the coll­ec­ti­ve

Sound­ing Situa­tions deve­lo­ps high­ly inno­va­ti­ve music thea­ter whe­re the per­for­mers and musi­ci­ans, the audi­tive and the audi­ence meet in both phy­si­cal and ima­gi­na­ry space for artis­tic action. Their pro­jects crea­te moments whe­re poli­ti­cal art, cur­rent ques­ti­ons of our socie­ty, rea­li­ty, uto­pia, and artis­tic magic mer­ge into a mul­ti­laye­red art­work.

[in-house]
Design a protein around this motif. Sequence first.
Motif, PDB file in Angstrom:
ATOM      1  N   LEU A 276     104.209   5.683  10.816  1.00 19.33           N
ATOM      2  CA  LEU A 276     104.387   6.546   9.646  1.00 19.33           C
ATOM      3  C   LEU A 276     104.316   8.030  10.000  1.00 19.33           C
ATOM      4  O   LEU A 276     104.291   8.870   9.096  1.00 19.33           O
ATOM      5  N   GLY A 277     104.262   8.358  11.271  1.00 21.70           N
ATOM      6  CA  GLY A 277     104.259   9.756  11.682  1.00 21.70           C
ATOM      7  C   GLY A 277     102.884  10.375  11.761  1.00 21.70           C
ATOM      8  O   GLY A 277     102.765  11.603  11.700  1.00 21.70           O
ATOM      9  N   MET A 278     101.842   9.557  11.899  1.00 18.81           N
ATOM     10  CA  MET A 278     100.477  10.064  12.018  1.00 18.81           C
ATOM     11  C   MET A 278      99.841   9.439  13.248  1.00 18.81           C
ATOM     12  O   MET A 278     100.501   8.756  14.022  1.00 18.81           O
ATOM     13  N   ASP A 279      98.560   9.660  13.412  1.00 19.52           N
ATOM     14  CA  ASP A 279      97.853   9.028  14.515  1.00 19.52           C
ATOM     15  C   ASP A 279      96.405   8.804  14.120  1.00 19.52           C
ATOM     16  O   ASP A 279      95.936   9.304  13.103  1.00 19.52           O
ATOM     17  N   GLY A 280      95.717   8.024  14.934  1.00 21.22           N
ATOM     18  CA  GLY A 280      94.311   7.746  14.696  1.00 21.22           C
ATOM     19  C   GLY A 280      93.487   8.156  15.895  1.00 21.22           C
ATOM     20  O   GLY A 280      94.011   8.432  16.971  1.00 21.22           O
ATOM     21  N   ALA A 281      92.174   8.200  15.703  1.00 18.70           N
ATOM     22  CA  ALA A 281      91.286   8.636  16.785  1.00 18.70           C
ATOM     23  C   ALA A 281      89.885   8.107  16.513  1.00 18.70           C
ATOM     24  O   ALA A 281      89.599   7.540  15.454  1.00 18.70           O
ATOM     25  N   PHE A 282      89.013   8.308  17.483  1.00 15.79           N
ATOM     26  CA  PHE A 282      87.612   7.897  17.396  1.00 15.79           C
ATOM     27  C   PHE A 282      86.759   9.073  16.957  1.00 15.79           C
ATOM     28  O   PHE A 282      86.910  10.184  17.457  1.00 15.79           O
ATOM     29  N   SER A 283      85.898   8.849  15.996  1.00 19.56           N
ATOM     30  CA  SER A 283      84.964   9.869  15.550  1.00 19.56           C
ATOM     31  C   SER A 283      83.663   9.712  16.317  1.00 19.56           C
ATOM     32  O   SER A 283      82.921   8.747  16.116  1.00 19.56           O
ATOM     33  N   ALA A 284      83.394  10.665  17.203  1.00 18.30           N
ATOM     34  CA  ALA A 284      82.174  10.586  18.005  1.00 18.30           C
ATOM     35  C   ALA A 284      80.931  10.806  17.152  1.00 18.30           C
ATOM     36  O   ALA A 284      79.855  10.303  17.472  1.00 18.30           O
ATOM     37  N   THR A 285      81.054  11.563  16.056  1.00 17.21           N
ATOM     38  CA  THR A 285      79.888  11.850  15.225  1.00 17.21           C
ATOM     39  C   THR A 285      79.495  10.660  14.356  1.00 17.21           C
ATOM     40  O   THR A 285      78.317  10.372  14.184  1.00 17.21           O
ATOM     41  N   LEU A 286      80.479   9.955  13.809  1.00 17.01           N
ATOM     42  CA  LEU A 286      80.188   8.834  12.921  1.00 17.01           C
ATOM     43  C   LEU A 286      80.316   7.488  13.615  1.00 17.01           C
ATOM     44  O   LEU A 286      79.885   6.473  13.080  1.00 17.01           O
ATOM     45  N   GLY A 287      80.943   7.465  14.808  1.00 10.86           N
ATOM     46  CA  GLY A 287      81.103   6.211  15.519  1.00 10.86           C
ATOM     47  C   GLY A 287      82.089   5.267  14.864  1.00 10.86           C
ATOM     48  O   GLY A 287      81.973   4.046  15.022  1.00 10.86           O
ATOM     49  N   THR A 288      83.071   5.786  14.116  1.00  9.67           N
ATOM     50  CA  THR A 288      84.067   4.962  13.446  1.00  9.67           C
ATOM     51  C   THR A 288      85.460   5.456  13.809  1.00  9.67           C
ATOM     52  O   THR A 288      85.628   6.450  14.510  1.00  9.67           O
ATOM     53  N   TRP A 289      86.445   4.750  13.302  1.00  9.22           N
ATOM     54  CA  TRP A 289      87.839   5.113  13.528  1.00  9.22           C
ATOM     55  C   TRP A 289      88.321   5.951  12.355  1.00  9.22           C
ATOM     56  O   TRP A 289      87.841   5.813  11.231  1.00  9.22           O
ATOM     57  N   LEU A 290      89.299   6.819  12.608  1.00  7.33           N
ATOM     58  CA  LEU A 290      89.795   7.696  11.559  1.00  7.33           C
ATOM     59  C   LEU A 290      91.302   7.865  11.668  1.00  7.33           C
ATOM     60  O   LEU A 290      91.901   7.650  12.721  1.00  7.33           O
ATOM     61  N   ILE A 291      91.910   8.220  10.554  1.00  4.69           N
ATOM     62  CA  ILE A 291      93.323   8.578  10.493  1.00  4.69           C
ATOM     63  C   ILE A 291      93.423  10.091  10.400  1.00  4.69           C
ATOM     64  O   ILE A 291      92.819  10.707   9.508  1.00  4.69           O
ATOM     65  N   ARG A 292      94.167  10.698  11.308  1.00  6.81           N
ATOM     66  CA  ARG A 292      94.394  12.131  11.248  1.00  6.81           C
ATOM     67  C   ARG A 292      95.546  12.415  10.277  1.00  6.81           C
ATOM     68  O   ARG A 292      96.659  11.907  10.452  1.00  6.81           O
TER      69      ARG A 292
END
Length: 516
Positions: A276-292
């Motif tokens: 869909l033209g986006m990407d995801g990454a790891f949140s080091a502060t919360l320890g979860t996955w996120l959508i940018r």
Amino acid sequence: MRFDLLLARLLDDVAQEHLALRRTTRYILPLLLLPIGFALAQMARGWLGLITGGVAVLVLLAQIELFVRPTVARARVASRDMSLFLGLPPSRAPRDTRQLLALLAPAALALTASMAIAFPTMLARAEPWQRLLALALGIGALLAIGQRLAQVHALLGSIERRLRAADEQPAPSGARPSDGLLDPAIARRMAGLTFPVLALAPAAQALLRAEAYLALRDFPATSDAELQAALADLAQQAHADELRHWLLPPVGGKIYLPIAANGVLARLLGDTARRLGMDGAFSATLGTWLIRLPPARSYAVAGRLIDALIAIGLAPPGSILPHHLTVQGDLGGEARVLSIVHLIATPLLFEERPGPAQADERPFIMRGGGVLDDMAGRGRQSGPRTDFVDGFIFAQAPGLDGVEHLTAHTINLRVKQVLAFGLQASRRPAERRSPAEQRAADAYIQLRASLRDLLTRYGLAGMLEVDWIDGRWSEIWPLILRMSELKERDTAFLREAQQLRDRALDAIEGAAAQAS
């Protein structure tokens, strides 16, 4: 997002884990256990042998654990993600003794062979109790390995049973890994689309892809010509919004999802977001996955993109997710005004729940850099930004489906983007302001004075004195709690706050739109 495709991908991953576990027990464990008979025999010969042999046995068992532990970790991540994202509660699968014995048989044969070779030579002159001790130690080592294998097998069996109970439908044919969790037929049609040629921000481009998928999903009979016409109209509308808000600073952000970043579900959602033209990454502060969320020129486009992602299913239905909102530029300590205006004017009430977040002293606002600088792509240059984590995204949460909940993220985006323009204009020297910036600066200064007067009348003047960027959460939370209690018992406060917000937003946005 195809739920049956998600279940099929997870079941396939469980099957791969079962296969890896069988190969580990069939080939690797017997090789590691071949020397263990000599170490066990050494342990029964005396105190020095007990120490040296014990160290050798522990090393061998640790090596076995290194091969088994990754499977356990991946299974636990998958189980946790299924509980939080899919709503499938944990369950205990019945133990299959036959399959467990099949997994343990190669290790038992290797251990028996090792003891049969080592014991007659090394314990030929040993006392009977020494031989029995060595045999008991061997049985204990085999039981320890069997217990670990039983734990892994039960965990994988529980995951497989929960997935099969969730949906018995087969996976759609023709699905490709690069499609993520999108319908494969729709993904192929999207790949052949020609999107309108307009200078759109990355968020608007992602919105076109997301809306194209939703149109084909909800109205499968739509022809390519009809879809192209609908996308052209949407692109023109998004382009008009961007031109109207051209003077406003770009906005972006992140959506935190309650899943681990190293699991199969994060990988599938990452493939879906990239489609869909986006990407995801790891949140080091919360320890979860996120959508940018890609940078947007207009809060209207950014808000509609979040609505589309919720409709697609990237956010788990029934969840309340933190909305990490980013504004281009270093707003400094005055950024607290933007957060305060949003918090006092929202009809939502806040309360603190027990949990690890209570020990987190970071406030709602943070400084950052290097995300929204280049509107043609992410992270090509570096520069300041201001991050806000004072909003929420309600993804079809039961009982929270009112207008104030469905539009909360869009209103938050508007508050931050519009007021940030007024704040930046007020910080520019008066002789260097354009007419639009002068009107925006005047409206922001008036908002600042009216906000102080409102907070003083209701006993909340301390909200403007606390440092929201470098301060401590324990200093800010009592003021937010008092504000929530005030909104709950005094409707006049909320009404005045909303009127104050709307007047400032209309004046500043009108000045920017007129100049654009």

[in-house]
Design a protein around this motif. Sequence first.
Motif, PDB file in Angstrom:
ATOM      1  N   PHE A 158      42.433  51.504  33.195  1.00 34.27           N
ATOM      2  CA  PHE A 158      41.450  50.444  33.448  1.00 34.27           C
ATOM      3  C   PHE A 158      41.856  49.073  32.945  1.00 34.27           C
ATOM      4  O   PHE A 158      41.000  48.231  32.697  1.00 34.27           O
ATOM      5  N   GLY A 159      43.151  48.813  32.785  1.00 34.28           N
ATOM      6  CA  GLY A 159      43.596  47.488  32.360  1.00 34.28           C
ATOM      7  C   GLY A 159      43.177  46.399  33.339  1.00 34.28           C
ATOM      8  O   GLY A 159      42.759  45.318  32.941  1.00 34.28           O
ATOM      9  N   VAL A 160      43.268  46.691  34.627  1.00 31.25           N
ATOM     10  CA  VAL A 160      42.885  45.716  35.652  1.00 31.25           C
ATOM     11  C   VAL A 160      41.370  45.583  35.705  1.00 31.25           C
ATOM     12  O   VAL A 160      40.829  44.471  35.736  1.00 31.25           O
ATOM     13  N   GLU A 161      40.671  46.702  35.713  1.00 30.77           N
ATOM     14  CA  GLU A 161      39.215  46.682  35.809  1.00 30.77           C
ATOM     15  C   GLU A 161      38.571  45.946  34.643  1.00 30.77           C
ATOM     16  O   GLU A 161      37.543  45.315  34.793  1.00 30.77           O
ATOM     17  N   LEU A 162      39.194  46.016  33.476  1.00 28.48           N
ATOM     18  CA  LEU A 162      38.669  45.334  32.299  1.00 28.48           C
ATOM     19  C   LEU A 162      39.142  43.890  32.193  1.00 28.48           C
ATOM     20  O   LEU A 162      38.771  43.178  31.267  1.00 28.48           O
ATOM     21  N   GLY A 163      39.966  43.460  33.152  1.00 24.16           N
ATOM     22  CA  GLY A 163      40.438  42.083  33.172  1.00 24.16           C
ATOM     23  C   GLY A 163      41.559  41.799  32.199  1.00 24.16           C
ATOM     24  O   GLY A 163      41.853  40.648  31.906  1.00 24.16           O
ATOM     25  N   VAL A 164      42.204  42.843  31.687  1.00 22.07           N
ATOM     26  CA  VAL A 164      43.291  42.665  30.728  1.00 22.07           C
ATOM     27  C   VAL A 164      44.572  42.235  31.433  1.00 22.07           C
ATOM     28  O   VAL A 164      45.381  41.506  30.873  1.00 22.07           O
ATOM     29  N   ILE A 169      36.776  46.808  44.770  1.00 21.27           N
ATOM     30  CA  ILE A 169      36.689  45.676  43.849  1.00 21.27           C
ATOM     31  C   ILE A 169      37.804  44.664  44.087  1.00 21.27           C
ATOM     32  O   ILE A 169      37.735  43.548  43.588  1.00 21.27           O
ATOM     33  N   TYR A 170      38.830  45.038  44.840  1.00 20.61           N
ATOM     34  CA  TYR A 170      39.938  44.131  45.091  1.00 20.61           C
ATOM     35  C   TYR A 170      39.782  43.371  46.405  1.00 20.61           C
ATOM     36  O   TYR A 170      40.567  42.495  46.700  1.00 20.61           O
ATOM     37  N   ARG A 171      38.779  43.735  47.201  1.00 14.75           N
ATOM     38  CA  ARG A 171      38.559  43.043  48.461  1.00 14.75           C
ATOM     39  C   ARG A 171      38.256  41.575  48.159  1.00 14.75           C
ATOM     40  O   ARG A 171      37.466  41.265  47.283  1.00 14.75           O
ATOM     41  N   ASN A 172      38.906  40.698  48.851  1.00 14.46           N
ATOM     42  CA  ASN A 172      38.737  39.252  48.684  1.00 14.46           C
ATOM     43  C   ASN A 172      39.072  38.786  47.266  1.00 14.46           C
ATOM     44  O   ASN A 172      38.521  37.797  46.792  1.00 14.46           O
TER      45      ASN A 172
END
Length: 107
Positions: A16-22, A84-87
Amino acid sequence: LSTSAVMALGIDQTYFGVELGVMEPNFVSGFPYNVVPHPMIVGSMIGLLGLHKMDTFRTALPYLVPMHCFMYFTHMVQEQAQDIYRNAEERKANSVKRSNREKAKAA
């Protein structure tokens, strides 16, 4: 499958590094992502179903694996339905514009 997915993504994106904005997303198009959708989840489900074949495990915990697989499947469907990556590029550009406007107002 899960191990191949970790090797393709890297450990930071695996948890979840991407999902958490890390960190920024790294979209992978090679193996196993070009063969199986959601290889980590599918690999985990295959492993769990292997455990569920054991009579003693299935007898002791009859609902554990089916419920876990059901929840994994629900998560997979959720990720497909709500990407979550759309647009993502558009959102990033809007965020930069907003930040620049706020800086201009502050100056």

Often the group works bet­ween count­ries, con­ti­nents, and cul­tu­ral boun­da­ries in trans-tra­di­tio­nal expe­ri­ments hence over­co­ming chal­lenges and reve­al­ing the beau­ty of our shared human exis­tence.

Isn’t that what poli­ti­cal­ly moti­va­ted art is sup­po­sed to do—open up per­spec­ti­ves?

And isn’t that what art in gene­ral should do, at least on an aes­the­tic level?

[field notes maga­zi­ne on Rwandan Records release]